LOS ANGELES (AP) – What superhero fatigue? Disney and Marvel’s “Captain America: Civil War,” the 13th film in the Marvel Cinematic Universe, has strong-armed its way to becoming the fifth-highest domestic opening ever according to comScore estimates Sunday.
The film grossed a massive $181.8 million this weekend, bumping “Iron Man 3” out of the top five all time debuts. “Civil War” now ranks right below “Marvel’s The Avengers” and “Avengers: Age of Ultron,” which hold the third and fourth place spots.
It’s nearly double the opening of the previous “Captain America” film, “The Winter Soldier,” which opened to $95 million in April 2014, but that is at least partially attributable to the fact that “Civil War” is basically an Avengers movie in disguise.
Directed by Joe and Anthony Russo, “Civil War” sees an ideological showdown between Iron Man (Robert Downey Jr.) and Captain America (Chris Evans) and is packed to the brim with Avengers old and new. It’s been very well-received by critics and, now, audiences, who gave the film a promising “A” CinemaScore, which should bode well for the film’s longevity. Audiences were 59 percent male and mostly adults. Teens made up only 11 percent of the audience.
After a $75 million first day, the opening was right in line with expectations, and according to comScore senior media analyst Paul Dergarabedian, is well on its way to becoming a $1 billion movie.
“We’ve become so accustomed to these massive numbers, now we’re putting up single day numbers that would be very noteworthy opening weekends on their own,” Dergarabedian said.
“Civil War” cost a hefty $250 million to produce but has already far-surpassed that thanks to a healthy international debut last weekend and a big bump from China this weekend. In sum, the superhero showdown has earned $678.4 million globally to date.
Great reviews and word of mouth will surely distinguish “Civil War” from “Batman v. Superman: Dawn of Justice,” which, by comparison, opened to $166 million in late March but fell sharply over the subsequent weekends. That film has earned $327.3 domestically million to date and this weekend placed 10th with $1 million.
As is to be expected when there’s only one new wide release, the rest of films on the box office charts looked paltry in comparison. The only big change was that “Civil War” effectively ended the three week first-place run of Disney’s “The Jungle Book” which came in second with $21.9 million, bringing its domestic total to $285 million.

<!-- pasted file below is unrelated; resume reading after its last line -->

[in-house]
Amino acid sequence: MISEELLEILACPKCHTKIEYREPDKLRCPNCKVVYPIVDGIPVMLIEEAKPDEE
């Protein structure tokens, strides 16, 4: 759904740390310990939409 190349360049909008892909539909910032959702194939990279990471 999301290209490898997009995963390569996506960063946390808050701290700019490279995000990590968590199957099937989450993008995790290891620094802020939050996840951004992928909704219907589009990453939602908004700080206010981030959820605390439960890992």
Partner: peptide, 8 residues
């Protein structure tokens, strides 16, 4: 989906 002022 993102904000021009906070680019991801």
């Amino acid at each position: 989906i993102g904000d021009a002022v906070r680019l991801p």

Aside from the flop of “The Finest Hours” in January, Disney is having a great 2016 and this weekend surpassed the $1 billion domestic mark in a record 128 days. It took 165 days to reach that threshold last year. The Marvel element is a key portion of that and one that other studios are trying to match.
“The Marvel Cinematic Universe and the Marvel Studios team as led by Kevin Feige has really been a model for consistency in extraordinary storytelling,” said Dave Hollis, Disney’s executive vice president of theatrical distribution. “Kevin has established this interlocking, interwoven cinematic universe that is not just unprecedented in terms of its size and scale, but also it’s really unparalleled in entertainment today, the $9 billion in business that they’ve done in 12 movies.”
Hollis credits the continued and growing success of the franchise to Feige’s commitment to quality and also the strategy of each year releasing one Marvel film that is familiar to audiences and one that is new. In 2015, that meant having an “Avengers” movie and “Ant-Man,” and in 2014, it was a “Captain America” movie and “Guardians of the Galaxy.” This year, the new element will be “Doctor Strange,” which stars Benedict Cumberbatch and debuts in November.
“You couldn’t have a better lead in for the summer,” said Dergarabedian, who noted that Memorial Day weekend should also be quite significant with the release of “Alice Through the Looking Glass” and “X-Men: Apocalypse.”
“Even though on paper it might not look as strong as last year, the summer of 2016 shouldn’t be underestimated,” Dergarabedian said.